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From random walk trajectories to random interlacements cerny/publications/ebp.pdf · PDF filerandom walk represents a corrosive particle wandering erratically through 1. 2 Cern y,

Nov 22, 2018

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  • ENSAIOS MATEMATICOS

    200X, Volume XX, XXX

    From random walk trajectories

    to random interlacements

    Jir CernyAugusto Teixeira

    Abstract. We review and comment recent research on random inter-lacements model introduced by A.-S. Sznitman in [43]. A particular em-phasis is put on motivating the definition of the model via natural questionsconcerning geometrical/percolative properties of random walk trajectorieson finite graphs, as well as on presenting some important techniques usedin random interlacements literature in the most accessible way. This textis an expanded version of the lecture notes for the mini-course given at theXV Brazilian School of Probability in 2011.

    2000 Mathematics Subject Classification: 60G50, 60K35, 82C41, 05C80.

  • Acknowledgments

    This survey article is based on the lecture notes for the mini-course onrandom interlacements offered at the XV Brazilian School of Probability,from 31st July to 6th August 2011. We would like to thank the organizersand sponsors of the conference for providing such opportunity, speciallyClaudio Landim for the invitation. We are grateful to David Windischfor simplifying several of the arguments in these notes and to A. Drewitz,R. Misturini, B. Gois and G. Montes de Oca for reviewing earlier versionsthe text.

  • Contents

    1 Introduction 1

    2 Random walk on the torus 72.1 Notation . . . . . . . . . . . . . . . . . . . . . . . . . . . . . 72.2 Local entrance point . . . . . . . . . . . . . . . . . . . . . . 92.3 Local measure . . . . . . . . . . . . . . . . . . . . . . . . . . 132.4 Local picture as Poisson point process . . . . . . . . . . . . 162.5 Notes . . . . . . . . . . . . . . . . . . . . . . . . . . . . . . 17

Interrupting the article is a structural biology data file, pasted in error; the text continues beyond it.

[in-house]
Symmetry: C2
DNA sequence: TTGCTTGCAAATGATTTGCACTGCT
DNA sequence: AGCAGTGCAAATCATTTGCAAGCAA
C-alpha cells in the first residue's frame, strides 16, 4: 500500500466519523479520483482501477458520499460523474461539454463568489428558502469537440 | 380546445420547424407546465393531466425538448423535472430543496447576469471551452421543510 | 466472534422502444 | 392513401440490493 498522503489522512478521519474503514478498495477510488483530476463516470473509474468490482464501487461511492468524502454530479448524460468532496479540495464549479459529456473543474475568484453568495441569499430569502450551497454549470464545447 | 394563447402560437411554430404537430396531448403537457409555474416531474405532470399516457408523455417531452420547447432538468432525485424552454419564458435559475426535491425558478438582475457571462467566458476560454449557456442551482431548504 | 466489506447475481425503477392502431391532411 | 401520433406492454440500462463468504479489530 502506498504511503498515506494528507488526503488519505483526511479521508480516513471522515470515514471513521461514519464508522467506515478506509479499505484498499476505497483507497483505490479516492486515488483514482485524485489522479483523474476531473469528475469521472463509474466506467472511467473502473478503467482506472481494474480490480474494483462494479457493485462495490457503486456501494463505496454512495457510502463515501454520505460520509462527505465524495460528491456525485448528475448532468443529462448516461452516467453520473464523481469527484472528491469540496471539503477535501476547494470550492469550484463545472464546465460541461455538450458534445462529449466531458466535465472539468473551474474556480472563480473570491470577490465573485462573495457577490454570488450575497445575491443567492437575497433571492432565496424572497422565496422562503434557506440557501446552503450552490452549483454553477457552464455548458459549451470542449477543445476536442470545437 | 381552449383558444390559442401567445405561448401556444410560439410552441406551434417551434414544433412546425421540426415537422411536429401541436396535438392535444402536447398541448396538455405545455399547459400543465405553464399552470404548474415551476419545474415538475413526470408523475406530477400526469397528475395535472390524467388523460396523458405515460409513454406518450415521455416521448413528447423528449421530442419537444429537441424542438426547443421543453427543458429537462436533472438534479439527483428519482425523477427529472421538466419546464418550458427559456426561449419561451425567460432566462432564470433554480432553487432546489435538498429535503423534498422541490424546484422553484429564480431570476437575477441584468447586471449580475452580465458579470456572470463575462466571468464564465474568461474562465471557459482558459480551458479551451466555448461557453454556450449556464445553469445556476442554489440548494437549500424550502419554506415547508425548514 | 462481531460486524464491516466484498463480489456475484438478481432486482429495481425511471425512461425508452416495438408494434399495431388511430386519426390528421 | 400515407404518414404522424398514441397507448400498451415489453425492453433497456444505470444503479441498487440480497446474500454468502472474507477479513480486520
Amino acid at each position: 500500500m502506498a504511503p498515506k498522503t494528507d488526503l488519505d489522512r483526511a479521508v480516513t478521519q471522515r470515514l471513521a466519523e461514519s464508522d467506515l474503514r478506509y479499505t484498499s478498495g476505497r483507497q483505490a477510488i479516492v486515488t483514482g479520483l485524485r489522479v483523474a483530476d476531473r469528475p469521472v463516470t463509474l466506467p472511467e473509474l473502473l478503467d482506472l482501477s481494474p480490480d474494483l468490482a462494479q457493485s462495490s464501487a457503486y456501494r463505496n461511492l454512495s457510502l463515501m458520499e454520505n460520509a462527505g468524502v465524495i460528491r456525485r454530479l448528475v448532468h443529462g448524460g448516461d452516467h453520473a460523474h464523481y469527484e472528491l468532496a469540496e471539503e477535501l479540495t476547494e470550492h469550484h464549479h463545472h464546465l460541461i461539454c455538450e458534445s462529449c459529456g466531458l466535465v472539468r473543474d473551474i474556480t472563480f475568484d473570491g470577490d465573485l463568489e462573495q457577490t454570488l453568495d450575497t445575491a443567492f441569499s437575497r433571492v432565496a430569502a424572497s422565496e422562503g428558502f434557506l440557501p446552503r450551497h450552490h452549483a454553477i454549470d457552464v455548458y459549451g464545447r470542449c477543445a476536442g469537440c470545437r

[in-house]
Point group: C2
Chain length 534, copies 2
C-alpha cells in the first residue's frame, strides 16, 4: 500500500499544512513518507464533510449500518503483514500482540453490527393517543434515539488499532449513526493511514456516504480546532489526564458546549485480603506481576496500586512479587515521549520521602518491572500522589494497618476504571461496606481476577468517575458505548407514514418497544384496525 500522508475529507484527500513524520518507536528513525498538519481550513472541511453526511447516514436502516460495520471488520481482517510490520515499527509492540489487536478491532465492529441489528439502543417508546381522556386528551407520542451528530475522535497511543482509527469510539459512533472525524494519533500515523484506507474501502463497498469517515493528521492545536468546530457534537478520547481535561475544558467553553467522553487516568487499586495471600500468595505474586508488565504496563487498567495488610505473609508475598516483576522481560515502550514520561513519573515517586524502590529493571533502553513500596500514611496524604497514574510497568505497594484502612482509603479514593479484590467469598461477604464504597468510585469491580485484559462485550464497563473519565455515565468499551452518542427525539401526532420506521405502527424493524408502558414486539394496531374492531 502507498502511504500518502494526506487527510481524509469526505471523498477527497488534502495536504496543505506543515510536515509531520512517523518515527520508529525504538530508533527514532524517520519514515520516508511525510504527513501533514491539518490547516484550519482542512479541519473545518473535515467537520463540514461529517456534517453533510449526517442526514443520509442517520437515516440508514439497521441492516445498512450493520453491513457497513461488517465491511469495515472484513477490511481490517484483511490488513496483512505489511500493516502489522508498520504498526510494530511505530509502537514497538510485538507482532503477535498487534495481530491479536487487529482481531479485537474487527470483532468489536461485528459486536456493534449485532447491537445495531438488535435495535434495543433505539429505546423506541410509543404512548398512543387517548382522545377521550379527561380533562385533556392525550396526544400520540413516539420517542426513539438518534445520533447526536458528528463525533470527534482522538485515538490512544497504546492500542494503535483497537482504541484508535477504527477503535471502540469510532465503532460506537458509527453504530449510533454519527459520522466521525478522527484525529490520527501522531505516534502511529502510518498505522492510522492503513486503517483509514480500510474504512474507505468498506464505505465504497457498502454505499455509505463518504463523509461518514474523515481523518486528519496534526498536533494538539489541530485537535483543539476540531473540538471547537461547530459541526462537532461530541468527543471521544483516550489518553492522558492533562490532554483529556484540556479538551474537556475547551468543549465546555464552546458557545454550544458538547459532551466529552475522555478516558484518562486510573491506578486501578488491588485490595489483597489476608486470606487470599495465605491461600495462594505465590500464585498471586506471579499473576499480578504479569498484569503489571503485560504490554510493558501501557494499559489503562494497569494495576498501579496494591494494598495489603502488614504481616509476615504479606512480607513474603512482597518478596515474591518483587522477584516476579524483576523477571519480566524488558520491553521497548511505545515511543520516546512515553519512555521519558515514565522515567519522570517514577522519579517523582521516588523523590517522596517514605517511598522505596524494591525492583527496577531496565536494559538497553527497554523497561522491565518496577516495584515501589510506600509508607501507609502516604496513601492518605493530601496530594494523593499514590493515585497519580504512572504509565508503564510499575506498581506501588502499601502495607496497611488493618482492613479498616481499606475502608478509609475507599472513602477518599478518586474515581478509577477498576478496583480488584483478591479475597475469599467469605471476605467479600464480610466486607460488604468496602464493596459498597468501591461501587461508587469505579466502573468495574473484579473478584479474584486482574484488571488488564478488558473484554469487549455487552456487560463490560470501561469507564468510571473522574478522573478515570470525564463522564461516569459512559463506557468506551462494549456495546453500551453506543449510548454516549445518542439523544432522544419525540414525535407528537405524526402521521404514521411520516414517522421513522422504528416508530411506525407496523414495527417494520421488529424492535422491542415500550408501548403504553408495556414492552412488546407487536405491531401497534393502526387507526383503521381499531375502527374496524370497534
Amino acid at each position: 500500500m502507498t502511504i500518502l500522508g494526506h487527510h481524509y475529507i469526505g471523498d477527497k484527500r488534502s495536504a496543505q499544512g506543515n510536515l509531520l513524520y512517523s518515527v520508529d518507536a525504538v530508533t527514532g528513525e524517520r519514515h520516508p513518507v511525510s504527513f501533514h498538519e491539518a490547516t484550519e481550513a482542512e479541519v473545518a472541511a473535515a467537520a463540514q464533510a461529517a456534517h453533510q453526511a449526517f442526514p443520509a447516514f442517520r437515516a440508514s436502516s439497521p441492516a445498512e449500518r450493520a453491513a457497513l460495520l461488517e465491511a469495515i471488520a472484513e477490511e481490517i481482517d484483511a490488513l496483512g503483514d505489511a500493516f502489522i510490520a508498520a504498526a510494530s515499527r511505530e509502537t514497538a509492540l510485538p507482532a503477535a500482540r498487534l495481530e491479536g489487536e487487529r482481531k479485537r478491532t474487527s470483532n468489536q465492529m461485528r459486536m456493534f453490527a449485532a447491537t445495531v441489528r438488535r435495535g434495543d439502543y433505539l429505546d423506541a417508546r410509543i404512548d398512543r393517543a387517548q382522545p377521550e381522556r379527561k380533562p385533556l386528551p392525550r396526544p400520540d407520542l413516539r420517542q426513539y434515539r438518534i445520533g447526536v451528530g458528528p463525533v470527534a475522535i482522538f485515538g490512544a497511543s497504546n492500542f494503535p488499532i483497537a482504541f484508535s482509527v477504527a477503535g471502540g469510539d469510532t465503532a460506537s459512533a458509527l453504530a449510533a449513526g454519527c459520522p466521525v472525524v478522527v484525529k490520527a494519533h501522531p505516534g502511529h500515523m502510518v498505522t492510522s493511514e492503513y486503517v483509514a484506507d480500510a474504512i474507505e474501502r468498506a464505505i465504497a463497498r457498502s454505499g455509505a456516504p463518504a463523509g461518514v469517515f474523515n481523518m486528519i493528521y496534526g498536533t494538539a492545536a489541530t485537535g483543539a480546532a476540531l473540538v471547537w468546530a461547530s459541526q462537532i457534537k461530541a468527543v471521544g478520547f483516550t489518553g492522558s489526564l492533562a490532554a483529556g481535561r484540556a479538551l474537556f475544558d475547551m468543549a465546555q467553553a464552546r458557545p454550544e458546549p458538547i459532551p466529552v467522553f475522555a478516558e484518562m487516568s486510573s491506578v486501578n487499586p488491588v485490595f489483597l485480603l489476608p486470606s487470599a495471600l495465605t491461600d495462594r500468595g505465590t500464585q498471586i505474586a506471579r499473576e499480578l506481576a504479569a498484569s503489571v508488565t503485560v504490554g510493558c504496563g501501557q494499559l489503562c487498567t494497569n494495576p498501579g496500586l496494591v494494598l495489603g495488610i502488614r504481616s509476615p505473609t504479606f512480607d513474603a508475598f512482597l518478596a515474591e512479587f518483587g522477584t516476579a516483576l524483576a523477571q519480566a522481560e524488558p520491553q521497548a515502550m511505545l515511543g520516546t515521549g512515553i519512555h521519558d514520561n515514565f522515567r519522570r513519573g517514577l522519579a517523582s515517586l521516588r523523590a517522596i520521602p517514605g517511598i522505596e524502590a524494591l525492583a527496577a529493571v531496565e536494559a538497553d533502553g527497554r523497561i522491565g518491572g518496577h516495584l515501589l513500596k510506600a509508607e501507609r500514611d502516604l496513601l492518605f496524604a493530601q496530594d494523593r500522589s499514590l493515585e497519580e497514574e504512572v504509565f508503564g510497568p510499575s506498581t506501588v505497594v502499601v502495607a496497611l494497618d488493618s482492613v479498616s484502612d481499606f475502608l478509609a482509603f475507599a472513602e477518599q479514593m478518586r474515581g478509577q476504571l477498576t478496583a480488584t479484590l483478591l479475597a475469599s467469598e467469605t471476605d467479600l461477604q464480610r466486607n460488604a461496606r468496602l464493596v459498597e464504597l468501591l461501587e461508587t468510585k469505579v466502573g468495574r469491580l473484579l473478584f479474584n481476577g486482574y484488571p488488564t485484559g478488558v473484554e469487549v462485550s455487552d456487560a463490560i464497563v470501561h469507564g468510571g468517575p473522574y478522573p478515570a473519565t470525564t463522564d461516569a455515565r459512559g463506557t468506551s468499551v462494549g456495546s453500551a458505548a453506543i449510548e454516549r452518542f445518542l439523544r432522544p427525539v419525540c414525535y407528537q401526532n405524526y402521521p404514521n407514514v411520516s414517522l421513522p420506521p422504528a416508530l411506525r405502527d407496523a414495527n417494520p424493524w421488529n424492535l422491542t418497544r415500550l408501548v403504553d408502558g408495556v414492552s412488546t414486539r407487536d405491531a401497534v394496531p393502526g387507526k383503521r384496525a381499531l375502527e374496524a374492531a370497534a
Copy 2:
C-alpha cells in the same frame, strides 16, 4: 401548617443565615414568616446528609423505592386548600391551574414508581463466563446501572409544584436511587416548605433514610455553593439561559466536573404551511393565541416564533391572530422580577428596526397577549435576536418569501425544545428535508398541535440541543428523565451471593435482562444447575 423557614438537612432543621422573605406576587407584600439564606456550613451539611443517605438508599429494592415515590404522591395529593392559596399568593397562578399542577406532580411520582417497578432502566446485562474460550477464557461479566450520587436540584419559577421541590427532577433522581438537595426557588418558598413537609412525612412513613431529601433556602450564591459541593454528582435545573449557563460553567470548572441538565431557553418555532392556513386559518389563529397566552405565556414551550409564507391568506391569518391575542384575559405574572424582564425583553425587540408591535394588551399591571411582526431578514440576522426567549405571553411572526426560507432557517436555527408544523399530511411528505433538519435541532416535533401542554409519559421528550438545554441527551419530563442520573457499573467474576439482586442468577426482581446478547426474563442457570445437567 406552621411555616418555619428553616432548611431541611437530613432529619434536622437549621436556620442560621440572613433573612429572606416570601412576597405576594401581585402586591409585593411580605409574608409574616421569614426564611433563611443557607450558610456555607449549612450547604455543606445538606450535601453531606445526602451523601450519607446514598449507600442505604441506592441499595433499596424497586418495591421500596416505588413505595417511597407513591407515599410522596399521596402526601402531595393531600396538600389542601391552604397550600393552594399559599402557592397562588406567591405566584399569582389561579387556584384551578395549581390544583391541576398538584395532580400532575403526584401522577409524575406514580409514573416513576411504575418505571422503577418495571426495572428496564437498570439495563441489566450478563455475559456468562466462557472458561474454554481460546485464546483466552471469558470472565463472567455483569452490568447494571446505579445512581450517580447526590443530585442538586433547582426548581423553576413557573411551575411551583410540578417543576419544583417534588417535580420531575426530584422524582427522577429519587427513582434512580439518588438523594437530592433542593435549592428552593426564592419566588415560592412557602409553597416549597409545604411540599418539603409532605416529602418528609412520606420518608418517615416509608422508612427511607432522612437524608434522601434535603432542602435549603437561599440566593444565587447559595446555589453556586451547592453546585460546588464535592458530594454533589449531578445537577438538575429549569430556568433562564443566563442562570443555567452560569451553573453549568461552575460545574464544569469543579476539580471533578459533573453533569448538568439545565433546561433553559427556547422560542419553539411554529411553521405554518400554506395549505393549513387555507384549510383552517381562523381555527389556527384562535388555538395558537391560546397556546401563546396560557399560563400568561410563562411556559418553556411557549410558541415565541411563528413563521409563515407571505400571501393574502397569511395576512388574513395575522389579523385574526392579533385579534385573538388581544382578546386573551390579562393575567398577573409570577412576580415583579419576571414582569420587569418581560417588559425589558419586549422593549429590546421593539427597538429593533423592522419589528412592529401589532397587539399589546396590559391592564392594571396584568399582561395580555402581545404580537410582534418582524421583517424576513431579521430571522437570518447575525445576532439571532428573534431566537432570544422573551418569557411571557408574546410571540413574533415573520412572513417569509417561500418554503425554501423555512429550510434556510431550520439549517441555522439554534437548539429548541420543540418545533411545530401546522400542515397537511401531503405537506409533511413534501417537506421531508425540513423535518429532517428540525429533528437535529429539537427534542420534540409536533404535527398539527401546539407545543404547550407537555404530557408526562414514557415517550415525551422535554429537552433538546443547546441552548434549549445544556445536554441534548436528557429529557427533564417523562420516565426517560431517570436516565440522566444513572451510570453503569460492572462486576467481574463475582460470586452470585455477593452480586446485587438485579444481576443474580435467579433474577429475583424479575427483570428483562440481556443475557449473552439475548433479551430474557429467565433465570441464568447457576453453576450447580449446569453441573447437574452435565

2.5.1 Disconnection of a discrete cylinder . . . . . . . . . 18

    3 Definition of random interlacements 203.1 Notes . . . . . . . . . . . . . . . . . . . . . . . . . . . . . . 26

    4 Properties of random interlacements 274.1 Basic properties . . . . . . . . . . . . . . . . . . . . . . . . . 274.2 Translation invariance and ergodicity . . . . . . . . . . . . . 294.3 Comparison with Bernoulli percolation . . . . . . . . . . . . 324.4 Notes . . . . . . . . . . . . . . . . . . . . . . . . . . . . . . 36

    5 Renormalization 375.1 Notes . . . . . . . . . . . . . . . . . . . . . . . . . . . . . . 41

    6 Interlacement set 436.1 Notes . . . . . . . . . . . . . . . . . . . . . . . . . . . . . . 50

    7 Locally tree-like graphs 527.1 Random interlacements on trees . . . . . . . . . . . . . . . . 527.2 Random walk on tree-like graphs . . . . . . . . . . . . . . . 55

    7.2.1 Very short introduction to random graphs . . . . . . 577.2.2 Distribution of the vacant set . . . . . . . . . . . . . 587.2.3 Random graphs with a given degree sequence. . . . . 597.2.4 The degree sequence of the vacant graph . . . . . . . 60

    7.3 Notes . . . . . . . . . . . . . . . . . . . . . . . . . . . . . . 61

  • CONTENTS

    Index 63

    Bibliography 65

  • Chapter 1

    Introduction

    These notes are based on the mini-course offered at the XV BrazilianSchool of Probability in Mambucaba in August 2011. The lectures tried tointroduce the audience to random interlacements, a dependent-percolationmodel recently introduced by A.-S. Sznitman in [43]. The emphasis wasput on motivating the definition of this model via some natural questionsabout random walks on finite graphs, explaining the difficulties that appearwhen studying the model, and presenting some of the techniques used toanalyze random interlacements. We tried to present these techniques inthe simplest possible way, sometimes at expense of generality.

    Let us start setting the stage for this review by introducing one of theproblems which motivated the definition of random interlacements. To thisend, fix a finite graph G = (V, E) with a vertex set V and an edge set E ,and denote by (Xn)n0 a simple random walk on this graph, that is theMarkovian movement of a particle on G prescribed as follows: It starts ata given (possibly random) vertex x G, X0 = x, and given the positionat time k 0, say Xk = y, its position Xk+1 at time k + 1 is uniformlychosen among all neighbors of y in G.

    Random walks on finite and infinite graphs, in particular on Zd, hasbeen subject of intense research for a long time. Currently, there is a greatdeal of studying material on this subject, see for instance the monographs[26, 27, 28, 38, 54]. Nevertheless, there are still many interesting questionsand vast areas of research which are still to be further explored.